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Homeopathy politics | The Economist
t any strength
Yet Mr McConnell has endorsed Mr Trump, a man willing to use racial, ethnic and religious resentment to win votes. Like other Republican grandees, he complains about conservative outside groups and talk-radio hosts who in 2013 forced a “futile” government shutdown. But this is the same Mr McConnell who accuses President Barack Obama of a “far-left” agenda to “Europeanise” America, and boasts that when Mr Obama pushed ideas “bad for the country”, such as his health-care reform law, Mr McConnell’s goal was to deny him a single Republican vote, to make it “obvious” which party was to blame. Small wonder that activists think they hear him declaring the Democrats a party unfit for bipartisan co-operation.

In an interview, Mr McConnell dismisses the suggestion that legislation like the Civil Rights Act passed only because in the 1960s the two parties were still broad and overlapping coalitions, and home to many centrists. When he was a child in the South, he says, “You couldn’t tell a Republican from a Democrat.” But now the two parties are “properly labelled” and “people pretty much know
TheEconomist  Election2016  DonaldTrump  Congress114  SenMitchMcCaonnell  partisanship  population  racism 
july 2016 by Kirk510620
The centre cannot hold | The Economist
Lexington The centre cannot hold Two moderate members of Congress explain why they are leaving
congress114  partisanship  rhetoric  theeconomist  gop  dnc  elections  ideology 
january 2016 by Kirk510620
Thirty-Eight Think Tank Experts Urge Defense Reform | CSBA
ave shifted to a greater proportion of married, college-educated service members with dependents and even as new approaches in areas like health care have created the possibility of delivering better outcomes at lower cost. As the Military Compensation and Retirement Modernization Commission recently reaffirmed, America’s highly mobile youth have different expectations about compensation and attach different value to its various forms than did earlier generations. Better maximizing the value of compensation to beneficiaries was the philosophy of the commission and should remain the driving force behind reform. But cost should also be a consideration given that from fiscal year 1998 to FY 2014, the cost per active duty service member grew 76 percent, adjusting for inflation. In recent years, Pentagon leaders have proposed many incremental changes to military compensation to reduce the rate of growth, but Congress has yet to act in a holistic manner. Congress should, at a minimum, commit to bringing the commission’s thoughtful recommendations to a vote in both chambers this year. It should also examine and implement the best proposals for reforming the DoD health care system to deliver better outcomes for service members, retirees, and their families at less cost to the American taxpayer. Reforms in these three areas will not be easy, painless, or popular. But they are essential to maintaining a strong national defense over the long term. These responsible initiatives should be undertaken by Pentagon and Congressional leaders regardless of the level of defense spending. While these reforms are necessary, they are not in and of themselves sufficient to meet the fiscal and strategic challenges the military currently faces. Those of us who have joined together in support of these efforts may differ on many issues, but we are unified in our agreement on the need to pursue long-overdue defense and institutional reforms. Excess facilities, an oversized civilian workforce, and outdated military compensation and benefits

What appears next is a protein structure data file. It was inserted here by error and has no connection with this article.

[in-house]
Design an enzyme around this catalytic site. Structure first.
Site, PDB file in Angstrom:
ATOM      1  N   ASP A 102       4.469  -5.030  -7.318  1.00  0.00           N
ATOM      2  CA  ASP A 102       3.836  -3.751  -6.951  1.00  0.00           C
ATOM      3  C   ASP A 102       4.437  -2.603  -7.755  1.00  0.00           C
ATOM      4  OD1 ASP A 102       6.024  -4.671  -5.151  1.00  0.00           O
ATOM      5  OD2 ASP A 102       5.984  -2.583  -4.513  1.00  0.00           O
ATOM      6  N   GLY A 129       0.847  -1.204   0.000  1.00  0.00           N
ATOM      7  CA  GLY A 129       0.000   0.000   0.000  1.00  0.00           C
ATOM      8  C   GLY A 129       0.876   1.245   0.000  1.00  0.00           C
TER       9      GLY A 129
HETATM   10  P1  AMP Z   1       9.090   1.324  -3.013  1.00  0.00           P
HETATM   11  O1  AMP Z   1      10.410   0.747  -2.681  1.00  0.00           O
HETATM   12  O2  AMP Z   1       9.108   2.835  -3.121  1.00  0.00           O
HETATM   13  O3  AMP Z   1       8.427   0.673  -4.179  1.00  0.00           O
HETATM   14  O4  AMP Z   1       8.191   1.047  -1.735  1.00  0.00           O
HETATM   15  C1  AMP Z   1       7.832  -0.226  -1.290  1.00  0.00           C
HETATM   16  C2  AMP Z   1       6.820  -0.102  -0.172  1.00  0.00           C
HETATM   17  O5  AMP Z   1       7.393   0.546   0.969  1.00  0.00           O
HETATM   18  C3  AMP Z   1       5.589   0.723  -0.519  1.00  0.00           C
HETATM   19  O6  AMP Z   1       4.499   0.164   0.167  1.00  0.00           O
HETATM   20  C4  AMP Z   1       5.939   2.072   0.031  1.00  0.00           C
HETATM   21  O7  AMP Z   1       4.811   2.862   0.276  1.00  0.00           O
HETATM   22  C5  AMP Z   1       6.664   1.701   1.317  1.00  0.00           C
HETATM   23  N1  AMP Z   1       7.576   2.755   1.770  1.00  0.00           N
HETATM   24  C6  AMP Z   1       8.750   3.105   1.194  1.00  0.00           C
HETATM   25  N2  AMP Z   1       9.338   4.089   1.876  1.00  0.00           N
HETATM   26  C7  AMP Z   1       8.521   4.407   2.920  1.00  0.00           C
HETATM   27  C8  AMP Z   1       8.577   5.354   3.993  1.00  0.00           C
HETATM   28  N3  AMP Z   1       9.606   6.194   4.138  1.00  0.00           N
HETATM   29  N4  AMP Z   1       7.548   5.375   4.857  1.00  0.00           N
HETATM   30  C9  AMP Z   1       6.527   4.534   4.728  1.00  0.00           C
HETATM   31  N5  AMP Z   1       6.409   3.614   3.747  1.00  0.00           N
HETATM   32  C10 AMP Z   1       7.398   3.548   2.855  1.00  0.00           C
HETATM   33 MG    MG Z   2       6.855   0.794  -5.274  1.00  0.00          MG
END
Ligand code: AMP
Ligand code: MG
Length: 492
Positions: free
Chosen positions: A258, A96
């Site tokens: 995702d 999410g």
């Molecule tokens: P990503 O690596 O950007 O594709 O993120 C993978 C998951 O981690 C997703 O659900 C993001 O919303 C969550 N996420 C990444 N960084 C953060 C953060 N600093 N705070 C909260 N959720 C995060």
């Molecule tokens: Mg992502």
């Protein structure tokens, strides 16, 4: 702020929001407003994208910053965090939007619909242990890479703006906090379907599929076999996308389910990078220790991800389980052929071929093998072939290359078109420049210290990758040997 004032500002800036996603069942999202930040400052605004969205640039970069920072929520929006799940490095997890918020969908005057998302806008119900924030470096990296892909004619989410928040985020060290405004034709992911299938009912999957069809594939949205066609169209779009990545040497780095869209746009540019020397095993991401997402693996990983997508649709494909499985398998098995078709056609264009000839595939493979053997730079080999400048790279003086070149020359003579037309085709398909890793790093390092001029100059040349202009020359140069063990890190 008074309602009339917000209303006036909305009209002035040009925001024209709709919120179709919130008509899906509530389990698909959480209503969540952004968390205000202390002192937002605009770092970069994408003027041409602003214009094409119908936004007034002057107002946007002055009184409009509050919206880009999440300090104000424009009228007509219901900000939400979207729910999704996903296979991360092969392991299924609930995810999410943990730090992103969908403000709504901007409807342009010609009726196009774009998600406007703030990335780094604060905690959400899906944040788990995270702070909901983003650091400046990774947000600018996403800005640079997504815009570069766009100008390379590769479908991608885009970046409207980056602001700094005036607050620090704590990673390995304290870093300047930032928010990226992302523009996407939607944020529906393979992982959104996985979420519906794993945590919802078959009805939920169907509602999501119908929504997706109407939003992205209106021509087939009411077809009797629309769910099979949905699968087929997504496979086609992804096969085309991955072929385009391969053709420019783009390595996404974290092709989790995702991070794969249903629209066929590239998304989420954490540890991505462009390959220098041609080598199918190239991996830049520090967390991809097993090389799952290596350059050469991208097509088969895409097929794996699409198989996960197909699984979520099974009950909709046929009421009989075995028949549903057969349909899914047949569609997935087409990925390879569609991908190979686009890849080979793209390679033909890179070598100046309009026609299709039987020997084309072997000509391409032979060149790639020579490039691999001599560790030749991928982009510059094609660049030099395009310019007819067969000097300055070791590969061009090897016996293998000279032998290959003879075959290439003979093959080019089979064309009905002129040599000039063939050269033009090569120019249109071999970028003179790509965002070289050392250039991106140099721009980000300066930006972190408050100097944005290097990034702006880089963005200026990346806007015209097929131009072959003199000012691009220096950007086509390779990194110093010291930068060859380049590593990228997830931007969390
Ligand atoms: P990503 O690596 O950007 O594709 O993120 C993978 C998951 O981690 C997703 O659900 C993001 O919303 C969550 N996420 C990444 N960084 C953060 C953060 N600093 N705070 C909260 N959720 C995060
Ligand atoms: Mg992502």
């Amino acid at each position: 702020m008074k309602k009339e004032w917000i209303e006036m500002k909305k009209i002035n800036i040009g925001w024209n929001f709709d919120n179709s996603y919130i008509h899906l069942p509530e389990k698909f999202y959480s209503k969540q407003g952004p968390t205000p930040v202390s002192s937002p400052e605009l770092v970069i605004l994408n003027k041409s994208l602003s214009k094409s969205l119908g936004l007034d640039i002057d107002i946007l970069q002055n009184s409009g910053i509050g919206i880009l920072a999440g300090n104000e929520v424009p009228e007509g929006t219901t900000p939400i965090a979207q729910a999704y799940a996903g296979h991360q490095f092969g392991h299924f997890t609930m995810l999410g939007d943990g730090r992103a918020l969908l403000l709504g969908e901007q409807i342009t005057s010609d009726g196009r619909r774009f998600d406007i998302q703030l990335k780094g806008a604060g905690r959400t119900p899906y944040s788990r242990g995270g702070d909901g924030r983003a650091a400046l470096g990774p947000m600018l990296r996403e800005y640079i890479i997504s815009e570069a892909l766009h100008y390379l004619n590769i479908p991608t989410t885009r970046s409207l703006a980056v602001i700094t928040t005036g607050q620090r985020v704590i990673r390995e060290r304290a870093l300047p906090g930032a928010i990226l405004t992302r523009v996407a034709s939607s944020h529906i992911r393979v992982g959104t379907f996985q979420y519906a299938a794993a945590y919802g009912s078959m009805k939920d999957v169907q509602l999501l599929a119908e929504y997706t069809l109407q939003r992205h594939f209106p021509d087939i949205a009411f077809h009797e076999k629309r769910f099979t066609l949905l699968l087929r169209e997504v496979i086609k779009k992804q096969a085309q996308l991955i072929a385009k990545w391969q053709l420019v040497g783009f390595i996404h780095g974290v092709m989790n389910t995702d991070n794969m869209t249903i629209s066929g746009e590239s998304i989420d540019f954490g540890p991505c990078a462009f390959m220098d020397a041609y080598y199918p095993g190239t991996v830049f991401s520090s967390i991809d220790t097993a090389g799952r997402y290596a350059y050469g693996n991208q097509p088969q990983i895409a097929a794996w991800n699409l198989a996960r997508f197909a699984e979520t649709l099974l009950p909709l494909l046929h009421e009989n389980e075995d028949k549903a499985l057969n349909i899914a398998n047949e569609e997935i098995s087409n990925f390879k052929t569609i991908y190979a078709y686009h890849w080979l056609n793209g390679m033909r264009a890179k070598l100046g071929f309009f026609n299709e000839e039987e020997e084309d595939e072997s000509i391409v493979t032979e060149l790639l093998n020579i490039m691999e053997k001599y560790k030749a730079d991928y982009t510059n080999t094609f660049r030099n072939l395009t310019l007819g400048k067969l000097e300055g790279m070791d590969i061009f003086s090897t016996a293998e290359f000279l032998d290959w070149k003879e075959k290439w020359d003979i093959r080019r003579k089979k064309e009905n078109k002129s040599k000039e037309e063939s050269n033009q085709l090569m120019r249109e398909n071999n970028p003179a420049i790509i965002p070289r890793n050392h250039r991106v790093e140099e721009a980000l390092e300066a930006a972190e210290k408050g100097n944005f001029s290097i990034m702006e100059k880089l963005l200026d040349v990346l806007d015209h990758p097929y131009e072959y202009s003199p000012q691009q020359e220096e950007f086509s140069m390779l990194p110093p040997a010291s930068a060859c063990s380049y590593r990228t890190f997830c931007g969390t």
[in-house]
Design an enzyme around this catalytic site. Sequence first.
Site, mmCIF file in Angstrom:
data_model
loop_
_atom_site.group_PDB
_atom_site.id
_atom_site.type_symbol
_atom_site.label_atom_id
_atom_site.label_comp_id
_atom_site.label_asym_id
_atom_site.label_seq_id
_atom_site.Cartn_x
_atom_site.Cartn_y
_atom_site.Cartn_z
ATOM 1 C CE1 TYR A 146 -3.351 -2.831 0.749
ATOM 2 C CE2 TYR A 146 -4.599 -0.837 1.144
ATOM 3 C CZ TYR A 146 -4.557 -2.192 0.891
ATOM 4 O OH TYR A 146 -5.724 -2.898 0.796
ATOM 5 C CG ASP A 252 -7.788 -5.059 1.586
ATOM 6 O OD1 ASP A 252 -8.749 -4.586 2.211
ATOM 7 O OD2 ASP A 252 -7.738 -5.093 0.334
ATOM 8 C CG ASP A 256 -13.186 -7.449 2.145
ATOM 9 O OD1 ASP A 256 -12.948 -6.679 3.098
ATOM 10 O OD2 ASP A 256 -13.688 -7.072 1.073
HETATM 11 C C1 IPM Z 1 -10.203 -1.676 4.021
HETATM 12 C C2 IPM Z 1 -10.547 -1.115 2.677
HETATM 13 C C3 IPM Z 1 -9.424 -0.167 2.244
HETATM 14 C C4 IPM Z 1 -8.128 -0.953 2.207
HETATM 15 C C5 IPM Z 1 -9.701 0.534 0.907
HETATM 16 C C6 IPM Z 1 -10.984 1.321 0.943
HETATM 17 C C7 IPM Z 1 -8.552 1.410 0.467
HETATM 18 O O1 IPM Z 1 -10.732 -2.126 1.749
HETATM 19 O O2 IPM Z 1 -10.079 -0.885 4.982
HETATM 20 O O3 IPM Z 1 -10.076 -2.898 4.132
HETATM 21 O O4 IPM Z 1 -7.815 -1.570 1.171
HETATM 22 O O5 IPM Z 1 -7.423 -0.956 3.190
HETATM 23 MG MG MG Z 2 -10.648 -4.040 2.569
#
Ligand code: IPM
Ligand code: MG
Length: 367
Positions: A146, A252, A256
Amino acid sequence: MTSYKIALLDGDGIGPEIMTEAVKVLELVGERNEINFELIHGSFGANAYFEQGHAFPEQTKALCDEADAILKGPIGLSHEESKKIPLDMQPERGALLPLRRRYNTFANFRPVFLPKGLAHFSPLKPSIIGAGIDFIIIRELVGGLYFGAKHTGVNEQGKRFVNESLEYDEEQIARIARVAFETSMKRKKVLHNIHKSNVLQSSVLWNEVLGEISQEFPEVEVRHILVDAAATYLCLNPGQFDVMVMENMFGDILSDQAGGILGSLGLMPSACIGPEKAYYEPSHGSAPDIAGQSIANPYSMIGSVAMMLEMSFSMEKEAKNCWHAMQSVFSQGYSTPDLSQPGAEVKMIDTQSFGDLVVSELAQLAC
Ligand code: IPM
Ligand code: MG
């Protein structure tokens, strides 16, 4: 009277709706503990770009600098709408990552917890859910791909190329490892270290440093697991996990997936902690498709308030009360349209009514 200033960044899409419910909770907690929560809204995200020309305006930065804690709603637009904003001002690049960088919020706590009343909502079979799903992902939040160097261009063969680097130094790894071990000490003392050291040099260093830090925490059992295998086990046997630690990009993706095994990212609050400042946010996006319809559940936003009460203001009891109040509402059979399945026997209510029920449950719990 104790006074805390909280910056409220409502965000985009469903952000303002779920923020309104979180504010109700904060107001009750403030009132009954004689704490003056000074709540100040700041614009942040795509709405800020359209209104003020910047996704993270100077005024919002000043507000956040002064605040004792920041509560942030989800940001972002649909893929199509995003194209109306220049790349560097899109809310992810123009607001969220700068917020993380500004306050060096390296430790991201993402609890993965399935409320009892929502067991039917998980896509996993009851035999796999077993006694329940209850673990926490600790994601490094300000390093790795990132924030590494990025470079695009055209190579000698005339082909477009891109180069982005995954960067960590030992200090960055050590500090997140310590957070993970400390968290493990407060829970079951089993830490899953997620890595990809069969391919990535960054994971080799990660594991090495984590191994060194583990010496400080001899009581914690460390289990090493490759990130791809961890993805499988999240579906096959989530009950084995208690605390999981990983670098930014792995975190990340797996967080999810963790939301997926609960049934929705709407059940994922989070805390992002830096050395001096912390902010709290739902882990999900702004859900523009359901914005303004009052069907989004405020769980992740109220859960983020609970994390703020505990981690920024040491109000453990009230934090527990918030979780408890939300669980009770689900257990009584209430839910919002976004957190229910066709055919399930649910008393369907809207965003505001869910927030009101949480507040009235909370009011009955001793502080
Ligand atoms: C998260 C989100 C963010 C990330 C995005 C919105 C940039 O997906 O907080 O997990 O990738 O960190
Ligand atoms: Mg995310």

military  dod  foreignpolicy  jobs  entitlements  congress114 
september 2015 by Kirk510620
The Air Force Will Test the F-35 Against the A-10—But Not Until 2018 - Defense One
of political engineering.” McCain and Ayotte have supported it publicly. Unlike other disputes between Congress and the Pentagon over a major defense program, their support for the A-10 doesn’t appear tied to parochial concerns, like the loss of a base or jobs in their state; they aren’t advocating for producing ne